4 The Native Americans of Florida lived in villages of many families. The Timucua, Apalachee, and Tocobaga arranged their homes around a central plaza, or open area. These plazas were gathering places for the tribes. The Timucua would also build a palisade, or a high wooden fence, around their villages. The palisade provided protection for the village. Apalachee and Timucua villages also had buildings that stored extra food. If you could have visited a Tocobaga, Tequesta, or Calusa village, you would have seen something interesting mounds. These mounds were middens, or trash piles of shells, bones, and other items. The Tocobaga and Calusa built many of their buildings on top of these mounds. The Calusa even created an entire island called Mound Key from discarded shells. Circle a difference between the villages of the Timucua and the Tocobaga. American tribes in Florida. Choose two tribes and compare and contrast their homes and villages. Fill in the chart below. Similarities Differences A Calusa village 31

5 Food As you have read, the environment where Native Americans lived provided the food they ate. Each tribe hunted and gathered in nearby forests. Each tribe also fished in the streams, rivers, lakes, and oceans near their homes. Farming was more important to some tribes than to others. Hunting Each tribe in Florida hunted for food. Some of the animals they ate included deer, bear, turkey, and other forest animals. Have you ever had alligator for dinner? The Timucua and the Tequesta often ate this reptile. The men in each tribe did the hunting. Different tools helped them. The Timucua used bows, arrows, and spears when they hunted. The Tocobaga and the Calusa used a throwing stick called an atlatl to hunt. What tools did the Timucua use to hunt? A Timucua man hunts. Atlatl (t) Courtesy of the State Archives of Florida, (c) Joseph H. Bailey/National Geographic/Getty Images, (b) Nicole Duplaix / Getty Images Gathering Gathering food to eat was important to each tribe in Florida too. Women and girls did the gathering. They collected fruits, nuts, and berries that grew naturally in their surroundings. In southern Florida, the Calusa and the Tequesta both gathered a fruit called sea grapes. The Calusa also ate papaya and prickly pear fruit. The Tequesta enjoyed coco plums and hog plums. True or False? All Florida tribes gathered food. Sea grapes American tribes in Florida. 32

6 Farming The Apalachee did more farming than any other Native American tribe in Florida. They farmed because the soil where they lived was fertile, or good for growing plants. Apalachee women grew corn, beans, squash, and other vegetables. Timucua and Tocobaga women also did some farming. They grew the same kinds of vegetables that the Apalachee did. The Calusa and the Tequesta did little farming. The land where they lived was sandy and not very fertile. They got plenty of food from the fishing they did. Put a box around the names of the tribes that did not farm very much. Fishing Fishing was important to each tribe, especially the ones that lived in southern Florida. Both women and men fished. Near shorelines, women collected shellfish, such as crabs, oysters, and clams. Men used nets, traps, and spears to catch mullet, catfish, and many other kinds of fish. The Calusa and the Tocobaga even caught manatee! Canoes helped men fish along the waterways of Florida. The tribes used tools made from stones and shells to scrape out the insides of tree logs to make the canoes. Apalachee women farming American tribes in Florida. Underline the kinds of fish that people ate. Calusa fishing 33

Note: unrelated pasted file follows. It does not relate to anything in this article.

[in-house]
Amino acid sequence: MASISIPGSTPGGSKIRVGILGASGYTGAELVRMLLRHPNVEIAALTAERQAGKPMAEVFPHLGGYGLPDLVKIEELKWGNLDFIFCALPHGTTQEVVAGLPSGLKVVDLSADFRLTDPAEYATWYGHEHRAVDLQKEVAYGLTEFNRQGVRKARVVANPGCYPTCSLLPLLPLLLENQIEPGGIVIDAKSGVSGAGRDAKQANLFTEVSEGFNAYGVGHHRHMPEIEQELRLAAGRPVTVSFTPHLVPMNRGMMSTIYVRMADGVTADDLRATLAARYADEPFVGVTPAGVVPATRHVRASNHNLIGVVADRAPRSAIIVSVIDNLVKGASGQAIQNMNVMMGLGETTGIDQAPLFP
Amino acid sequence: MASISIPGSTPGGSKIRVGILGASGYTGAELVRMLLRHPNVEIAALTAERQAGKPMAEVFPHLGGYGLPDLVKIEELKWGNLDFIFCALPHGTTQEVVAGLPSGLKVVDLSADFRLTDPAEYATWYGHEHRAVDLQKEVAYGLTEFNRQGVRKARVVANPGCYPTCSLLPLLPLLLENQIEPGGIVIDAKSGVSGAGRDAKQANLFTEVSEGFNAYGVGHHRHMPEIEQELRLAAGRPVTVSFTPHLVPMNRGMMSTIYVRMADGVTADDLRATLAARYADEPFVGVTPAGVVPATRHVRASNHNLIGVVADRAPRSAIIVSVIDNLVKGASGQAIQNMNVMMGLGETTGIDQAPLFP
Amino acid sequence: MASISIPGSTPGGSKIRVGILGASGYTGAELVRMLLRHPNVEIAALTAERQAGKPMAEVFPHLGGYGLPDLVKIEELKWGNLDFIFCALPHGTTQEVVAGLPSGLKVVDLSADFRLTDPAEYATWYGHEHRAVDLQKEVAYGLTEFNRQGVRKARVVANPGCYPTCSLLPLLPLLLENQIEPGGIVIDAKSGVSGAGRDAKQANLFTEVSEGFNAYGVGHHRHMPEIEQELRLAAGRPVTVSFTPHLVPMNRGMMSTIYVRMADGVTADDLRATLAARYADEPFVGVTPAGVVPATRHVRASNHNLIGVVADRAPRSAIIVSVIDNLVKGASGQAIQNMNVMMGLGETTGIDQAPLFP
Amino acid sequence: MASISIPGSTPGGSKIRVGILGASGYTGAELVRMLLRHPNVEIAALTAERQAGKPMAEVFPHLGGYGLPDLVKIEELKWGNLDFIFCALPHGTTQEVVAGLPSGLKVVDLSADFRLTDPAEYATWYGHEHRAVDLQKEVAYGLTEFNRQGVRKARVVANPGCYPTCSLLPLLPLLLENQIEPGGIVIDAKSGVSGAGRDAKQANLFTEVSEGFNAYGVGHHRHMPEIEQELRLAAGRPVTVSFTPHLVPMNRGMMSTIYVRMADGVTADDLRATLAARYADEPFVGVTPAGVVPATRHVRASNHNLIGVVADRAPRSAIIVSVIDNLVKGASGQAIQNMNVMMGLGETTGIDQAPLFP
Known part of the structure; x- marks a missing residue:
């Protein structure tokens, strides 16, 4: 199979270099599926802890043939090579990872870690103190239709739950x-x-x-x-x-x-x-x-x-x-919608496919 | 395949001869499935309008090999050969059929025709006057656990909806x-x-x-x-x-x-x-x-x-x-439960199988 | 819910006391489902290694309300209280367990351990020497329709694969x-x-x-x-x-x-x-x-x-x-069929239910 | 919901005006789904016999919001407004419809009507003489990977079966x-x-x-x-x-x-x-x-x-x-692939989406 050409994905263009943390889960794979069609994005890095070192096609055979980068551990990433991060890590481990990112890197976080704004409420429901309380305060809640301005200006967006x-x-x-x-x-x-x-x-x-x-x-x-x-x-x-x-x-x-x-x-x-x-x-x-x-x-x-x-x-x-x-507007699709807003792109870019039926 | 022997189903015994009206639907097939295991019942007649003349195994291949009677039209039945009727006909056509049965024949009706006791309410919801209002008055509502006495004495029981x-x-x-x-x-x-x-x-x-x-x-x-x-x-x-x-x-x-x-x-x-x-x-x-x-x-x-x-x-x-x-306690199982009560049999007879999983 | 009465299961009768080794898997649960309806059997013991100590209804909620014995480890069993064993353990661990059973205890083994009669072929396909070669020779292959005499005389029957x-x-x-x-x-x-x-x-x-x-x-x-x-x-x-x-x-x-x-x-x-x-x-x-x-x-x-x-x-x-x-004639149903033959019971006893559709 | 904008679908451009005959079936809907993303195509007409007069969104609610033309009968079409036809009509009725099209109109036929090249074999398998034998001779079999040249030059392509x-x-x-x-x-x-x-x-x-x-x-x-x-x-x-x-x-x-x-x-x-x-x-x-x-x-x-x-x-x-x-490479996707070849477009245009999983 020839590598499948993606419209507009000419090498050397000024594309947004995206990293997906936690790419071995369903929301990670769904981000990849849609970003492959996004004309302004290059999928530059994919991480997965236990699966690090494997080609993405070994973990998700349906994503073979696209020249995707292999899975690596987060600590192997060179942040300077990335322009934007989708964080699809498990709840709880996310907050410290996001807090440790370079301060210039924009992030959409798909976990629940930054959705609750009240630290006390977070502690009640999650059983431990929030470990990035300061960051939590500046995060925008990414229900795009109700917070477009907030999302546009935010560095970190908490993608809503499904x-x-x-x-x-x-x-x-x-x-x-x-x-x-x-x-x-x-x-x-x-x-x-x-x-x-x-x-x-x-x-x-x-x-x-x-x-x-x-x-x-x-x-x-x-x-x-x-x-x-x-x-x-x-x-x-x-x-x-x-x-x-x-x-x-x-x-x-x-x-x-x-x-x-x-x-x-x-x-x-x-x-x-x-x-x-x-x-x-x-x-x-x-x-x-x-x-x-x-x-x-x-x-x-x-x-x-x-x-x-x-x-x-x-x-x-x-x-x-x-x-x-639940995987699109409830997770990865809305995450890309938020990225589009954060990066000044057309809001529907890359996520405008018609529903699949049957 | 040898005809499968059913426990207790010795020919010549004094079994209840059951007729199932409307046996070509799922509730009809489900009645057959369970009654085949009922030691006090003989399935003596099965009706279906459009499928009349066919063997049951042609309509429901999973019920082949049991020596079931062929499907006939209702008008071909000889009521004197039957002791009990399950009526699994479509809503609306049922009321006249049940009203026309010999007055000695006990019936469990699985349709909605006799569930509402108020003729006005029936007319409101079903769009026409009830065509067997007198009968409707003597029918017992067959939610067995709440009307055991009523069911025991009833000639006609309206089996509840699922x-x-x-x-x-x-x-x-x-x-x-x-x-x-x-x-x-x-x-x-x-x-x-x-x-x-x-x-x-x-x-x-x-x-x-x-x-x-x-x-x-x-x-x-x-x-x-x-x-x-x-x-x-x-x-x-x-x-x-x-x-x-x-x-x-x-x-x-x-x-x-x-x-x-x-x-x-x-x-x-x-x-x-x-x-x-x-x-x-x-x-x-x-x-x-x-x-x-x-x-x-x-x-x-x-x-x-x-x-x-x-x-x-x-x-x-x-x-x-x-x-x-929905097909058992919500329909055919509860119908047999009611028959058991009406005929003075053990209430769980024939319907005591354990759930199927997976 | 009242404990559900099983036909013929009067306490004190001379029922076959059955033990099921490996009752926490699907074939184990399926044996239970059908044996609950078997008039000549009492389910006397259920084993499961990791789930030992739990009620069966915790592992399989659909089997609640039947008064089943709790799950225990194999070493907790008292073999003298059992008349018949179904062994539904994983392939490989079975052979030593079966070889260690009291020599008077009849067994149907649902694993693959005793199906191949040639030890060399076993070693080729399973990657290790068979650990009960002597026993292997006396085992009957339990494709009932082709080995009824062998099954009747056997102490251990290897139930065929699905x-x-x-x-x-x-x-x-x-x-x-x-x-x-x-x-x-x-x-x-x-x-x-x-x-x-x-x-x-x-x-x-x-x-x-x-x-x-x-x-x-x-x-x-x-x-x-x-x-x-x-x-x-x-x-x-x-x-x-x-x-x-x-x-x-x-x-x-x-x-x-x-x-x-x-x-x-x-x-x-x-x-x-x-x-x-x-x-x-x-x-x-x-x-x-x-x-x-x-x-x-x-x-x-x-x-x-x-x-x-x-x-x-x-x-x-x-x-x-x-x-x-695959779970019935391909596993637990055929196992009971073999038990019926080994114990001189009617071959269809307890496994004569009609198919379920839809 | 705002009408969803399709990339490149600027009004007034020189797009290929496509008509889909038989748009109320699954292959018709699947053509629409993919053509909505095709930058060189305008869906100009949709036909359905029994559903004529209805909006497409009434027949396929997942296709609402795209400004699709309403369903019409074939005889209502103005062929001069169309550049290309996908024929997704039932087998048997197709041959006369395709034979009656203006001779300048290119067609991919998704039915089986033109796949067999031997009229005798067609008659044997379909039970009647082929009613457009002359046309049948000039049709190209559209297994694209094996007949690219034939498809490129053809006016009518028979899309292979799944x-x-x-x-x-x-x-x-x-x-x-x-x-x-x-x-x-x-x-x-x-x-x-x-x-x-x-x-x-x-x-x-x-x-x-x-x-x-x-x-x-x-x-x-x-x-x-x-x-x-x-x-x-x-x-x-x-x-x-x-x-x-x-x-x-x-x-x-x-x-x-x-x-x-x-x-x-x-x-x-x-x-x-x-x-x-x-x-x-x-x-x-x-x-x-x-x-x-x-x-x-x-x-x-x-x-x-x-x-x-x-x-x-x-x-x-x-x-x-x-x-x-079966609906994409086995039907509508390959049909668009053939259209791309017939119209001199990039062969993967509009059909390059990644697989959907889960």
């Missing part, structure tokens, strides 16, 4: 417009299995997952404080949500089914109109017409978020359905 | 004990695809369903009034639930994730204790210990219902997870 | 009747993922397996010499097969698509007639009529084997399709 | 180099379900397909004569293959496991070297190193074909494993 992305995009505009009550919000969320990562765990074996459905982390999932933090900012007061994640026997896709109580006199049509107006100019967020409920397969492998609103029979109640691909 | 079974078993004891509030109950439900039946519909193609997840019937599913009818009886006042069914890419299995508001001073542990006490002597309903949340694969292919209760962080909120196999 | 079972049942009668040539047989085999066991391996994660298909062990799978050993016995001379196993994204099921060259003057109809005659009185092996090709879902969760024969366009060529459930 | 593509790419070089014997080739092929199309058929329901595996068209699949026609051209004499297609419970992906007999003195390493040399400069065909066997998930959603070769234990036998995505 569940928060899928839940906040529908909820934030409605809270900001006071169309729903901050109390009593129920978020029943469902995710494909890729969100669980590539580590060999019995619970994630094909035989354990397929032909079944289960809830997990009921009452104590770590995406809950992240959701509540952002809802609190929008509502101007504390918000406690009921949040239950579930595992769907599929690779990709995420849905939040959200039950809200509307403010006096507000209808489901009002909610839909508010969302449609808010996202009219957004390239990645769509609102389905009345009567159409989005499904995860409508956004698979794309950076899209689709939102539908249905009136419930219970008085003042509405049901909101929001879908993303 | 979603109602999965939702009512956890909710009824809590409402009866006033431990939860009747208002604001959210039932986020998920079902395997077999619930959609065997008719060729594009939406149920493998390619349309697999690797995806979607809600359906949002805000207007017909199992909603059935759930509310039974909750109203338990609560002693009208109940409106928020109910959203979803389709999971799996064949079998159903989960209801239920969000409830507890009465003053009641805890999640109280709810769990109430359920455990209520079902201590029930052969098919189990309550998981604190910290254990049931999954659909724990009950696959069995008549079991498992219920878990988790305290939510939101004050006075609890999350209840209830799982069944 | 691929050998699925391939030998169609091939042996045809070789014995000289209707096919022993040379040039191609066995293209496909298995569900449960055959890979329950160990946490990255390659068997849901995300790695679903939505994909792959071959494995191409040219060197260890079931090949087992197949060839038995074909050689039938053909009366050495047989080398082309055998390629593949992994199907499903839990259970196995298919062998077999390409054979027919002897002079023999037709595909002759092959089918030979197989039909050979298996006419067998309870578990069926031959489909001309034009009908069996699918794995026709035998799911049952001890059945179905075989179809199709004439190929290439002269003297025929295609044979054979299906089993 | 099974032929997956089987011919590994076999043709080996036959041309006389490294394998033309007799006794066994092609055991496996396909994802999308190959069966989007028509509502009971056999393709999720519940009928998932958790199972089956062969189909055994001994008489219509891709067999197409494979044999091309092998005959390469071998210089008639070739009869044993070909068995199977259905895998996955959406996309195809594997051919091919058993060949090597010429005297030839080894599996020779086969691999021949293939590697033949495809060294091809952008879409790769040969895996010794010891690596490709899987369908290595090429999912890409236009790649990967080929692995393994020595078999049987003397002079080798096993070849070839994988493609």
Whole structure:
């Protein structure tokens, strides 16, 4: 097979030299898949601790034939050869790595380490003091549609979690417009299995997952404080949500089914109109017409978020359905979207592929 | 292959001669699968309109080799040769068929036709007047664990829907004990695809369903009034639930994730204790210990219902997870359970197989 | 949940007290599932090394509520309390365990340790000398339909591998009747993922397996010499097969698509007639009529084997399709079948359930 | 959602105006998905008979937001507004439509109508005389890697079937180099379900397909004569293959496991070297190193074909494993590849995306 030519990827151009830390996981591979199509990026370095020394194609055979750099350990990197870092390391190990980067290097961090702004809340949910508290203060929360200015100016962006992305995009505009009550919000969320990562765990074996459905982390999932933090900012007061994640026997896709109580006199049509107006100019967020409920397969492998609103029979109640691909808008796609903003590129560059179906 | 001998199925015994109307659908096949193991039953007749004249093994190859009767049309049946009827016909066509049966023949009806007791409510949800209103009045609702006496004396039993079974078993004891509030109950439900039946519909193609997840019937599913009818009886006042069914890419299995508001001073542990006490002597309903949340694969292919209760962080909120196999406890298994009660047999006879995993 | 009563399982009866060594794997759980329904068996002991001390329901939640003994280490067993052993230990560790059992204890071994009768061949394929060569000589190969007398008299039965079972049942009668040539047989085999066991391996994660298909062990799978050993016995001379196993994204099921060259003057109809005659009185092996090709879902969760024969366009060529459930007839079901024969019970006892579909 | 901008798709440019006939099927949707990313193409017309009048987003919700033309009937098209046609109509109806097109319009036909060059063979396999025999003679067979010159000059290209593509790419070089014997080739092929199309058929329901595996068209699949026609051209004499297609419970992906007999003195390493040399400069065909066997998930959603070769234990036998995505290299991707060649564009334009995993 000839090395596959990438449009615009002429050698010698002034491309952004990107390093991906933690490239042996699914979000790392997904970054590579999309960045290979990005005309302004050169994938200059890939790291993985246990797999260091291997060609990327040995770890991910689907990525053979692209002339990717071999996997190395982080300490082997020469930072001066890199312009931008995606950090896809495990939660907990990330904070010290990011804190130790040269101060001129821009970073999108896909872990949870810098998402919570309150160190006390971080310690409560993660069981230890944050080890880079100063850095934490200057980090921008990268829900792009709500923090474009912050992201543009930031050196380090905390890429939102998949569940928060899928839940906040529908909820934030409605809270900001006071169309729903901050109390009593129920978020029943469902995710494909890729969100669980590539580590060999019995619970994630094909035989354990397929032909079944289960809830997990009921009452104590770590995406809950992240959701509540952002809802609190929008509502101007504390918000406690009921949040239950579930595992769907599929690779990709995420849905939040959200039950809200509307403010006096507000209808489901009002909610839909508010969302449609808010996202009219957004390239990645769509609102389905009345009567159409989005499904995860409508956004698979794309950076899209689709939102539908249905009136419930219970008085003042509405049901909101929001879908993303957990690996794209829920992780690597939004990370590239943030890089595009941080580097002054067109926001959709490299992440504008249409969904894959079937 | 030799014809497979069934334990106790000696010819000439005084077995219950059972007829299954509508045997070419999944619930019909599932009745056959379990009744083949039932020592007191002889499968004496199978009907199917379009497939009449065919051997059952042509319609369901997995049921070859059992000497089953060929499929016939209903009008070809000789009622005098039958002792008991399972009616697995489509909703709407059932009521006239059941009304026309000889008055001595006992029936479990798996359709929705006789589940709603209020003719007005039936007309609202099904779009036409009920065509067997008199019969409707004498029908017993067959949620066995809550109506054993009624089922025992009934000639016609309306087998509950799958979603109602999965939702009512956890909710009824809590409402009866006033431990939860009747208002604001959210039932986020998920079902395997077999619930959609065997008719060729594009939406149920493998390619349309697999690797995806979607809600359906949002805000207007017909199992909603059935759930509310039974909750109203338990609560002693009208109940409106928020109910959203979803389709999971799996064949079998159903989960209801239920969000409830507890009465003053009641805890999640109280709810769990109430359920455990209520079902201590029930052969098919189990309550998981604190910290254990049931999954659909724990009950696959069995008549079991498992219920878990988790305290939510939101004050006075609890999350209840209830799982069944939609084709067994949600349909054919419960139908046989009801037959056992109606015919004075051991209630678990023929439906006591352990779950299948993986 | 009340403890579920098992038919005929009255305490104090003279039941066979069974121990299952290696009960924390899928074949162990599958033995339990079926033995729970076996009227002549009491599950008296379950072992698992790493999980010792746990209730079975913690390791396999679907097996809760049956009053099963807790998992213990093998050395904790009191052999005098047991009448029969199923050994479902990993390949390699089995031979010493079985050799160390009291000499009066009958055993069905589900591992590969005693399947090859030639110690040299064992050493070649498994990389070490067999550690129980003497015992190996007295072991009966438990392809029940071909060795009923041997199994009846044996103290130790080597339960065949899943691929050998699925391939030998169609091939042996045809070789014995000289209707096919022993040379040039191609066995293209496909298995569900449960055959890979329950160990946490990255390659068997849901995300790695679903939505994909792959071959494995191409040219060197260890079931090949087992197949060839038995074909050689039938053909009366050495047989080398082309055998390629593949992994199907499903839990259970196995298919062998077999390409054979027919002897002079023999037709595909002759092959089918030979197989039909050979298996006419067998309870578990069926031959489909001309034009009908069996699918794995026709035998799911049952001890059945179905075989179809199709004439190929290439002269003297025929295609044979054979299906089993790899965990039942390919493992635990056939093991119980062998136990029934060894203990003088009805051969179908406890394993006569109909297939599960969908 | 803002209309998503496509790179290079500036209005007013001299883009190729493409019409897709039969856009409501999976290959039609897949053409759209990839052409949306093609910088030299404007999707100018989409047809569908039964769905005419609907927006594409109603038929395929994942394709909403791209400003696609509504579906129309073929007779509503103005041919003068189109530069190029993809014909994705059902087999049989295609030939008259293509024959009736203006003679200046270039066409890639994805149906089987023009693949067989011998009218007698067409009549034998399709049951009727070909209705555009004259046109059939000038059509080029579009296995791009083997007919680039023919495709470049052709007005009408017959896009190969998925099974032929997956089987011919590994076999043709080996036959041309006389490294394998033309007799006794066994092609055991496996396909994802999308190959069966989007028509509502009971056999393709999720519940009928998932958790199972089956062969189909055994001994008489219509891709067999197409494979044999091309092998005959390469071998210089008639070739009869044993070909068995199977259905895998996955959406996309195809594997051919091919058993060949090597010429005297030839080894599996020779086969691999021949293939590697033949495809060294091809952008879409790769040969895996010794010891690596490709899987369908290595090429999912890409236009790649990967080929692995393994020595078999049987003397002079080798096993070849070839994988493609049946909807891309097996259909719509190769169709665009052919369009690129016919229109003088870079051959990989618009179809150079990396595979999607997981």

7 An Apalachee family at their home Circle the kinds of artwork that Native Americans made. Calusa artwork More Parts of Culture The cultures of the five Native American tribes of Florida had other similarities and differences. For example, each tribe wore the same kinds of clothing. Men wore deerskin clothes, and women wore clothes that were woven from Spanish moss and other plants. When it got cool in winter, the Apalachee wore capes and cloaks made from animal furs to stay warm. Artwork was important to these Native American tribes. Women from all of the tribes made pottery, usually from clay. Some of this pottery had designs on it. Pottery was used for cooking and for storing things. The Timucua and the Calusa made and wore jewelry too. The Calusa used shells, shark teeth, and other animal bones in their jewelry. They also made masks to wear for special events. Trading helped each tribe get the things they needed and wanted. All of the tribes traded with others for things that they could not find in their environment. Native Americans walked or used canoes to travel to other villages to trade. THINK PAIR Share Think about what each of the artifacts shown here was made of and how each was probably used. Share your ideas with a partner. SS.4.A.1.1 Analyze primary and secondary resources to identify significant individuals and events in Florida history. American tribes of Florida. Calusa artifacts ( l) MPI/Getty Images, (c) Courtesy of the State Archives of Florida, (r) Tim Chapman/Newscom 34 Canoe

8 Choose two Native American tribes from this lesson. Write their names on the lines in the Venn diagram. Compare and contrast them below. Both 4 Essential Question How does location affect culture? Go back to Show As You Go! on pages 2 3. There s More Online! Games Assessment 35